Robots Need To Learn About Ethics, Morality
Robots do not only need to learn about technical skills but also about ethics and morality. Expert says that ethical inputs should be done before developing any other skills.
The use of robots in people's lives has become increasingly popular. In fact, many people are troubled if one day these machines will take over their work, or even the planet.
In 1960, Isaac Asimov wrote "Three Laws of Robotics" which outlines morality guidelines that robots should live by. A robot may not injure a human being or allow him to come to harm. The machine must always obey orders given by a human except when the order will cause another human to be hurt. Robots are also expected to protect its existence as long as it will not break the first and second rule.
Today, British Standards Institute has also released guidelines that robot designer's should adhere to make robots with ethics and morality. On a more complex level, there is also a question whether it is within the morality for robots to form an emotional bond between humans and robots. Some robots are designed to interact with children and elderly who are more vulnerable to emotions.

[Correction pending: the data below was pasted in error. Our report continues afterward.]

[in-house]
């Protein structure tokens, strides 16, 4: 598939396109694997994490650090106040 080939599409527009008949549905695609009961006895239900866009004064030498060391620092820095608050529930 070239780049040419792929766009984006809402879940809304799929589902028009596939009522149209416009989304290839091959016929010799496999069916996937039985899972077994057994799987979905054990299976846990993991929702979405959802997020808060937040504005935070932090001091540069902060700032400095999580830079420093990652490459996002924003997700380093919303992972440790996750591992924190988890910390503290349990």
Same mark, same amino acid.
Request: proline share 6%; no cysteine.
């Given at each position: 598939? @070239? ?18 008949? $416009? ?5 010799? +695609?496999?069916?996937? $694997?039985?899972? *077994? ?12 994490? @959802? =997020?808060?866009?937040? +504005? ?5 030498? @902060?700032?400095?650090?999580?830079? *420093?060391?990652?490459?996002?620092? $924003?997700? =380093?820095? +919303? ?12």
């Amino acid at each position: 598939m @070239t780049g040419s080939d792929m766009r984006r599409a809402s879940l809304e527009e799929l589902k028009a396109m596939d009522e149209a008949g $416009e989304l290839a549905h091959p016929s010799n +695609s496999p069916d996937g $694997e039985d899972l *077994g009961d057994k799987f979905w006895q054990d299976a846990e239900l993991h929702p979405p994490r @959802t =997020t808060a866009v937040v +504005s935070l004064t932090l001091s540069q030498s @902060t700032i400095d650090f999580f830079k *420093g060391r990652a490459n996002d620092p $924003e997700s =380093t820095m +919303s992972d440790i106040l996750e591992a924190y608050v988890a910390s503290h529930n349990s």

According to Daniel Glaser, director of Science Gallery at King's College London, robot makers should learn from ethics and morality from human development. Children are taught about morality even before they begin to learn math.
Children are taught language skills and complex reasoning when they learn how to behave in social situations. Bomb-sniffing dogs can only be trained when after they learn how to sit. According to Glaser, robots should be taught in this manner as well.
If people are interested in really making robots people more like human, designers need to focus on ethics and morality first. It should be built into the machine's core. Ethics and morality cannot be retrofitted.